The serving temperature of the wine, sparkling wine included, is more important that it may seem. An incorrect temperature varies significantly its phisical characteristics and therefore the final perception of the wine.
It has always been said: “white wine is served fresh or cold and red wine at room temperature”. Although partially true, the supposedly ideal room temperature attributed to red wines is one of the most widespread myths. Lets take a look at the fundamentals….

The ideal temperature of a wine
The ideal temperature depends basically on two factors: the concentration of tannins and the acidity. The acidity is more noticeable at a higher temperature, then the higher the acidity the lower the wine temperature should be. In the same way, a warmer temperature is indicated if you want to enhace the tannins (bitter by definition), take this into account especially when dealing with powerful wines, aged over longer periods.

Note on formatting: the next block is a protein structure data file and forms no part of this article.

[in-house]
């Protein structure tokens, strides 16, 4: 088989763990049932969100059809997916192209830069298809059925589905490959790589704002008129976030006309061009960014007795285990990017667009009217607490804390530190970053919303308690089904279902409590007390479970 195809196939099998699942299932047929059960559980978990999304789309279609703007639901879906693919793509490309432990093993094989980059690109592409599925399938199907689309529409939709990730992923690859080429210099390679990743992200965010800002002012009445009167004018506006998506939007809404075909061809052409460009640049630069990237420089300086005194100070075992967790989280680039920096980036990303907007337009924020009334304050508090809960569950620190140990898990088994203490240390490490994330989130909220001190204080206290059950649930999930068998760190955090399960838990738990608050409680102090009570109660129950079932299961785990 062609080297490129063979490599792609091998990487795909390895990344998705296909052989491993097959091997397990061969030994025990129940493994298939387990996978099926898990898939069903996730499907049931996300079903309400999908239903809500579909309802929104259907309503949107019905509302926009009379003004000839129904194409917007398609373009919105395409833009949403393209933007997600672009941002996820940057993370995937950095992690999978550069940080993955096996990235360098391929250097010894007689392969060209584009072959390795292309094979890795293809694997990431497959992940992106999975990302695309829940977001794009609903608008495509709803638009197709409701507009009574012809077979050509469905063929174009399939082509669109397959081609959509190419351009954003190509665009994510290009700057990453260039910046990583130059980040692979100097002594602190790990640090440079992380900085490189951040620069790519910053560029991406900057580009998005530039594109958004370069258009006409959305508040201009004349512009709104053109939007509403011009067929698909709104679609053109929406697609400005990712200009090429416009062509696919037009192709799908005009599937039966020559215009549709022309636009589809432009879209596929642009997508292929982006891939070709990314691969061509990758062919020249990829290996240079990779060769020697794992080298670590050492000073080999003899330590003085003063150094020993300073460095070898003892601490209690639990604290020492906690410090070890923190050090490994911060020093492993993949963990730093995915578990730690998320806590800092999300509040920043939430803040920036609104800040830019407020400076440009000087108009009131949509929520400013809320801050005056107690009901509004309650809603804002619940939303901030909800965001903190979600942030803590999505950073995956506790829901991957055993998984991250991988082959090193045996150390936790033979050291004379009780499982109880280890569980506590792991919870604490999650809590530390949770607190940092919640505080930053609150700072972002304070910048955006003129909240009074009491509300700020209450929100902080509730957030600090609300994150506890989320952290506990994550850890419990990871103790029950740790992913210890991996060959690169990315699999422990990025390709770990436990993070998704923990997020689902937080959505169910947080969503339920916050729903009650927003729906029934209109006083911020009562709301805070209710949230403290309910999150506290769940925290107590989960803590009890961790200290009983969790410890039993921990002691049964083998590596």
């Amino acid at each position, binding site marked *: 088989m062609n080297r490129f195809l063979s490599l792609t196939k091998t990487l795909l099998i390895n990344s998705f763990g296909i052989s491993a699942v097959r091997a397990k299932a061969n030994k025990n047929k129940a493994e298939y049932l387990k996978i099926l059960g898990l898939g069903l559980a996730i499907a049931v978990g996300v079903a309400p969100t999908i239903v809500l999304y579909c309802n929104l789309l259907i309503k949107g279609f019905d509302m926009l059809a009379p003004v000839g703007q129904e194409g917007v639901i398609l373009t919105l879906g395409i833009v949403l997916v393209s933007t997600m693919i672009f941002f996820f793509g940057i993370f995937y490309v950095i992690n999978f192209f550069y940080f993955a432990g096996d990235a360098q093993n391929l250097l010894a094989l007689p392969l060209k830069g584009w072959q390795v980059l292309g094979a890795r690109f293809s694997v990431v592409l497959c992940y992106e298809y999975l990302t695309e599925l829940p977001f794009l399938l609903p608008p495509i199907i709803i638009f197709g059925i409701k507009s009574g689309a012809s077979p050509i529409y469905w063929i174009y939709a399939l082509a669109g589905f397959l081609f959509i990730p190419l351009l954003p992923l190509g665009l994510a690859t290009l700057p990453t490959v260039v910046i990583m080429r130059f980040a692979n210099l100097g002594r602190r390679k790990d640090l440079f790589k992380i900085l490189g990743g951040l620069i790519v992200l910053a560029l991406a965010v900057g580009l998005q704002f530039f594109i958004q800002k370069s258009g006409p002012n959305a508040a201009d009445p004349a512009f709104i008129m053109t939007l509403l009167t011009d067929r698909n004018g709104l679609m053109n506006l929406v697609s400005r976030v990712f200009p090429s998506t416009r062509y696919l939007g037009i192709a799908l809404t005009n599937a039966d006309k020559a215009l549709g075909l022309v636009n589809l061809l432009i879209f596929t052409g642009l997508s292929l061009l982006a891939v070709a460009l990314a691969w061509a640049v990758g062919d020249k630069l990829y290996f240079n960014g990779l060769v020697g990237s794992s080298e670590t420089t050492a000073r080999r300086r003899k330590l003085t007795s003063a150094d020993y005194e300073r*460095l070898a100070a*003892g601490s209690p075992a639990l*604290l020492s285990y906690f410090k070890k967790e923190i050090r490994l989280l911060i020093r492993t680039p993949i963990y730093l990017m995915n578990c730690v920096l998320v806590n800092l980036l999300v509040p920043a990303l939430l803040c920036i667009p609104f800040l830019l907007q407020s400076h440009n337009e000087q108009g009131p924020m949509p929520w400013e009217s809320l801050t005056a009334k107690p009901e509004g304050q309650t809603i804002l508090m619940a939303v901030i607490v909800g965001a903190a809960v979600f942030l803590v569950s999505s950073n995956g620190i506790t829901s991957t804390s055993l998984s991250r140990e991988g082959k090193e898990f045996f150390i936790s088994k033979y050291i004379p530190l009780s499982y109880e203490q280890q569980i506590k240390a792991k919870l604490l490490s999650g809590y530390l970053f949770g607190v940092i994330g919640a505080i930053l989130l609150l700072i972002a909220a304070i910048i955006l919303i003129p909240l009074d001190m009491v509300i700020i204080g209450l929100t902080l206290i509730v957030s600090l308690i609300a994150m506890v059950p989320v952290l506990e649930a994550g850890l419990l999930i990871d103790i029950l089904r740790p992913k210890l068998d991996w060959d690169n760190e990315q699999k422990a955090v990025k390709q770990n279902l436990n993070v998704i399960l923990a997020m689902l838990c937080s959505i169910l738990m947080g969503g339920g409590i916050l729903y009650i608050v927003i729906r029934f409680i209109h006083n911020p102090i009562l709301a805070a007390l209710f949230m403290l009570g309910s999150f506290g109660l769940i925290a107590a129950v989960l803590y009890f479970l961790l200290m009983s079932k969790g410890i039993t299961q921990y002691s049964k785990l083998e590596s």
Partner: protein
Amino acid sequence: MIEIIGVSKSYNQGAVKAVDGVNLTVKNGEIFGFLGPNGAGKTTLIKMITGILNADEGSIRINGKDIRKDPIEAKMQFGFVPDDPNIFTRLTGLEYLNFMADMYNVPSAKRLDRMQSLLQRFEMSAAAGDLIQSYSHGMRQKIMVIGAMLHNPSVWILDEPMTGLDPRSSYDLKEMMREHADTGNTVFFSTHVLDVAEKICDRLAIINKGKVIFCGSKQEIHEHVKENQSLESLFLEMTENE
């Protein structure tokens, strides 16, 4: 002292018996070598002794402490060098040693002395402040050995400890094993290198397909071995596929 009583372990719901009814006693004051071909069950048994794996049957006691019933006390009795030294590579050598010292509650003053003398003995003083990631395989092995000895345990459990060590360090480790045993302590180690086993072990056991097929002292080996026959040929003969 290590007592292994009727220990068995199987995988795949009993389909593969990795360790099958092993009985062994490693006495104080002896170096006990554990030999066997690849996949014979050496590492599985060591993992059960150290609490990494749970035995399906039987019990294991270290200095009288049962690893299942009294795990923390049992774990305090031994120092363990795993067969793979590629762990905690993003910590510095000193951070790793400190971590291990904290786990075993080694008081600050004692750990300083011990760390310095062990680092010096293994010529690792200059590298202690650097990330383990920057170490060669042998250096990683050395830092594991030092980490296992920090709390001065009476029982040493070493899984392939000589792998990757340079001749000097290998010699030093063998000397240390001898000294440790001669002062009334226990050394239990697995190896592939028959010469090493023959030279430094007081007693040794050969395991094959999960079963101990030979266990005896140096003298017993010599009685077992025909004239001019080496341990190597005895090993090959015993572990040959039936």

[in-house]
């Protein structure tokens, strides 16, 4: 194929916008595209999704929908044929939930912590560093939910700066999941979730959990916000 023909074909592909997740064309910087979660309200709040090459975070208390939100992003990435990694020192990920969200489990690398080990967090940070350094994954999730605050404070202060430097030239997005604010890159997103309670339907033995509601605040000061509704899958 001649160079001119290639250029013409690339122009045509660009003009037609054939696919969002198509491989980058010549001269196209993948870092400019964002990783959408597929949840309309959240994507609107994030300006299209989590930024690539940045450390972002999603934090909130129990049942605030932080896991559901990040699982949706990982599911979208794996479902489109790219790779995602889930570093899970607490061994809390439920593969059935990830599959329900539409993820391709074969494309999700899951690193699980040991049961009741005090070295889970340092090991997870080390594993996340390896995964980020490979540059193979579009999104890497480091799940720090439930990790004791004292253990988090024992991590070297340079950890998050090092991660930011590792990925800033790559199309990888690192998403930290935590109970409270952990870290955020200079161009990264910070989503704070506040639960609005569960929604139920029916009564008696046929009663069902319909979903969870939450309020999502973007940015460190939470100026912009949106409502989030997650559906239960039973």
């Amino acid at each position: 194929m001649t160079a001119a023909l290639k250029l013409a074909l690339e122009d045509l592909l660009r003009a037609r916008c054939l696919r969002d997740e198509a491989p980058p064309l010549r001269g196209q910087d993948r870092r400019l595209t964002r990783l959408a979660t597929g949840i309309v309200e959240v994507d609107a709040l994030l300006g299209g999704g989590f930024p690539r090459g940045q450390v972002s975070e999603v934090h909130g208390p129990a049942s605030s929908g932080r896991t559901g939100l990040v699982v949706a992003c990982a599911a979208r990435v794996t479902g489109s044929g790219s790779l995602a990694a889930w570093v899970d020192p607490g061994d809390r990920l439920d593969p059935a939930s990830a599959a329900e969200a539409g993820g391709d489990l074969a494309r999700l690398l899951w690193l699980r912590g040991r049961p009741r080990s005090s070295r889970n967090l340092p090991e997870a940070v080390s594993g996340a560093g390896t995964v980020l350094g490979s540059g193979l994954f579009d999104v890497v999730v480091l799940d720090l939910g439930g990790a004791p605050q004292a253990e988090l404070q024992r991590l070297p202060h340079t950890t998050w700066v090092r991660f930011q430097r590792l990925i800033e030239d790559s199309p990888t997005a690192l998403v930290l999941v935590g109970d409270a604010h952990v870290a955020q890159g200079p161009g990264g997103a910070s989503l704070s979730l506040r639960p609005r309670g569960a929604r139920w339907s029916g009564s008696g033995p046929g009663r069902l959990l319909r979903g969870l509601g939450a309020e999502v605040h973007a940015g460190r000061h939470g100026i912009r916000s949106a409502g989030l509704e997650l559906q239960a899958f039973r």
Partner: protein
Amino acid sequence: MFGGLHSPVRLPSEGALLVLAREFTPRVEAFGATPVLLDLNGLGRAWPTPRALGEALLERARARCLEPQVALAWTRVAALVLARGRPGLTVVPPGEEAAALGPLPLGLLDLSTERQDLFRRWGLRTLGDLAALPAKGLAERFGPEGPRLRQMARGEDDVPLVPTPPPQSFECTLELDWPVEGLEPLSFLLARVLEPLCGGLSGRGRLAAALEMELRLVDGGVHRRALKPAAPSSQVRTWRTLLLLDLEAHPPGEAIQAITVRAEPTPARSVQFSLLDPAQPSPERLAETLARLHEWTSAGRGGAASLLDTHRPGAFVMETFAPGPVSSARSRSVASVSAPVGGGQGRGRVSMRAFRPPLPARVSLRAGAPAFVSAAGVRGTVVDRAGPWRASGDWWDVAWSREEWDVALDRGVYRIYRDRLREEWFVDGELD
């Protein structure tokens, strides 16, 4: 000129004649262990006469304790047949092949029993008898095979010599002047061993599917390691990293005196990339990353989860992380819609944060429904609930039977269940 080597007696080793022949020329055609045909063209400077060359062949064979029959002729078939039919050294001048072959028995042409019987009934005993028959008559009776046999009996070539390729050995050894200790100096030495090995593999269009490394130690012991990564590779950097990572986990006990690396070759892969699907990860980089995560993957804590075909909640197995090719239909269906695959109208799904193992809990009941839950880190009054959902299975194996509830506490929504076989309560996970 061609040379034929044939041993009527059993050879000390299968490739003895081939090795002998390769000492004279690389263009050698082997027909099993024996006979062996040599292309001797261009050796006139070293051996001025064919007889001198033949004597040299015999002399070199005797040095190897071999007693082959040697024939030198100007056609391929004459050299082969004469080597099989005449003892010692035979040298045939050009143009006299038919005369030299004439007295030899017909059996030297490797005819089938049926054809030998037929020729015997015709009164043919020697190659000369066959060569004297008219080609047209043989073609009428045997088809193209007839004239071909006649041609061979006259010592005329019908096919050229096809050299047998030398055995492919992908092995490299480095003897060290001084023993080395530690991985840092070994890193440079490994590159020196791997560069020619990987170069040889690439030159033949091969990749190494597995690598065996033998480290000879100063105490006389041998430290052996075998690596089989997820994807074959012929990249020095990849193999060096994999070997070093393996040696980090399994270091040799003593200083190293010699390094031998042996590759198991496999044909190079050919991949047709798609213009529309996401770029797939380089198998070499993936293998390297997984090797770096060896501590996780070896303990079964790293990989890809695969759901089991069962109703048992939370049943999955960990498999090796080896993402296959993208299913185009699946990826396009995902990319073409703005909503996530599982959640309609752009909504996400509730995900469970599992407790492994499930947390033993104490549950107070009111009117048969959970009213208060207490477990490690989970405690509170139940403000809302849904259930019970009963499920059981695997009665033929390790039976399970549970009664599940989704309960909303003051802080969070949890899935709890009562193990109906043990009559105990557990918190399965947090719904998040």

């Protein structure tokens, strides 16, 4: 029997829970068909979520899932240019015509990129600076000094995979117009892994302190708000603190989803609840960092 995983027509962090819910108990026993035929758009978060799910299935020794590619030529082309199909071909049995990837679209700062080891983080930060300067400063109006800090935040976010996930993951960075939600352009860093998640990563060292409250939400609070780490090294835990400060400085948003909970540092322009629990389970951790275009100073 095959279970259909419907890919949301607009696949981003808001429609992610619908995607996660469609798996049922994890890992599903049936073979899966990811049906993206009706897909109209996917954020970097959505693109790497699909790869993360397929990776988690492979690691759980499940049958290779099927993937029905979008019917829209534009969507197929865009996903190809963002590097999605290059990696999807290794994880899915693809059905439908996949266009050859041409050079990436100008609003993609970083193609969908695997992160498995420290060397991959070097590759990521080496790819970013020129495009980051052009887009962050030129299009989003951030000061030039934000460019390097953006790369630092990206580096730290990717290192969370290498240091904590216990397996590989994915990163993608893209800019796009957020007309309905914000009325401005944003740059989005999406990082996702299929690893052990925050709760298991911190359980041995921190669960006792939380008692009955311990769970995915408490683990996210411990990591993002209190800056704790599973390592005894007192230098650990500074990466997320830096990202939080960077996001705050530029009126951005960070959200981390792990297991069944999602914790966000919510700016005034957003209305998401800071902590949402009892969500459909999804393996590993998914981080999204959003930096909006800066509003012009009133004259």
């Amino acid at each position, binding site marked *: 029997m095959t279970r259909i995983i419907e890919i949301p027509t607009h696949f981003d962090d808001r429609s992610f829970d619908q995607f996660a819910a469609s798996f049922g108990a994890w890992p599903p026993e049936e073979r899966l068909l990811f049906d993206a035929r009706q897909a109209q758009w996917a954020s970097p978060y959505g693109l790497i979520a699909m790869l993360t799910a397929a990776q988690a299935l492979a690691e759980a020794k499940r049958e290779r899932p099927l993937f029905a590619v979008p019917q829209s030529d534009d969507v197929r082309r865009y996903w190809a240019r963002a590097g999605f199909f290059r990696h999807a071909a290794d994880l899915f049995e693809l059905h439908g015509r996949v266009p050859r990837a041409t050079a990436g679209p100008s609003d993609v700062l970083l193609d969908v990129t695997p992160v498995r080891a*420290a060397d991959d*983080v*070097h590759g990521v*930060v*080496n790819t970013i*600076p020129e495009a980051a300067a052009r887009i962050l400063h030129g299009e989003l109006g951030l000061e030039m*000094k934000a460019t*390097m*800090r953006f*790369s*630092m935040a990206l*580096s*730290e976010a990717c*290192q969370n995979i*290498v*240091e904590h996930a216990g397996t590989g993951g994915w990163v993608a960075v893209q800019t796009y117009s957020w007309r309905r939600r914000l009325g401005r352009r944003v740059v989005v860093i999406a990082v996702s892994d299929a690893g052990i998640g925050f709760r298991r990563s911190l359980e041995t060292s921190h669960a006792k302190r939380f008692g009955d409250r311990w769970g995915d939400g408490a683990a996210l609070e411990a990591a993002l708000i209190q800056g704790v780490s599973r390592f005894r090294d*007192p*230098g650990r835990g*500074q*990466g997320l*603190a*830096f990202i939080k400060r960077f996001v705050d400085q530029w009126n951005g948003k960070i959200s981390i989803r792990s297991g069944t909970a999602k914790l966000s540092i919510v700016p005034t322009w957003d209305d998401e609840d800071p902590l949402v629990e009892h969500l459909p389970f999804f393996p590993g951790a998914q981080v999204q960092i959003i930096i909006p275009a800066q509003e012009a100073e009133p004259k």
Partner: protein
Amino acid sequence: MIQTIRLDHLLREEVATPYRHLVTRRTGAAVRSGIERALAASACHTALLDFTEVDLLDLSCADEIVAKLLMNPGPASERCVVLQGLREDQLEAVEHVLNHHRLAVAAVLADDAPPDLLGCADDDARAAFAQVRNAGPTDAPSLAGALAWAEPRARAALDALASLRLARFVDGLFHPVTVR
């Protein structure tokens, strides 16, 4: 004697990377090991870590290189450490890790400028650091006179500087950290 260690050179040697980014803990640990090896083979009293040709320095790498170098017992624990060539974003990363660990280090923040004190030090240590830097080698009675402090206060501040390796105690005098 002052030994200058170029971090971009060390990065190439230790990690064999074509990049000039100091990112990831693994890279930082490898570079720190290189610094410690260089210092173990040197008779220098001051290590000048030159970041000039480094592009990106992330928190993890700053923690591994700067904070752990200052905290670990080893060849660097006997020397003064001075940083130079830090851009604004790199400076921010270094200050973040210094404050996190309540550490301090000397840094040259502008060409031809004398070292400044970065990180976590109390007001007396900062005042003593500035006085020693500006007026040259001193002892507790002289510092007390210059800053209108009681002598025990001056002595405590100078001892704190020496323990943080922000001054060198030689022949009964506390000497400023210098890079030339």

The paramenters are very simple, from 5 to 20ºC. Below 5ºC, the aromas and flavours are so weaken that are almost imperceptible and over 20ºC the alcohol will evaporate fast, turning the wine too coarse and alcoholic.

The concept of room temperature originates in France in the Middle Ages with the French term “chambrée” but we have to consider that the room temperature in a French castle centuries ago was probably closer to 15-16ºC rather than the 19-21ºC of the average room temperature nowadays.

With this in mind, the wine serving temperature should be aproximately as shown below:

Young sparkling wines: 6-8º
Reserve sparkling wines: 8-10º
Grand Reserve sparkling wines: 8-12º
Young white wines: 6-8º
Barrel aged white wines: 8-10º
Rosé wines: 6-8º
Young red wines: 12-14º
Aged red wines: 14-16º
Long aged red wines: 16-18º

In order to preserve the right temperature, and despite some may consider it an anathema, we wouldn’t mind being served a red wine in an ice bucket because it is one of the best ways to keep a rather constant temperature. If needed, put the red wine in and out the bucket to keep the temperature to your liking.

Remember that this figures should be taken as a rough guide, if you like your sparkling wine frozen like a snowball you have our most sincere sympathies 😉

 

 

 

 

 

 

 

“Rollingdale 2006 Pinot Gris Ice Wine”. By Mary St.Germain-Brown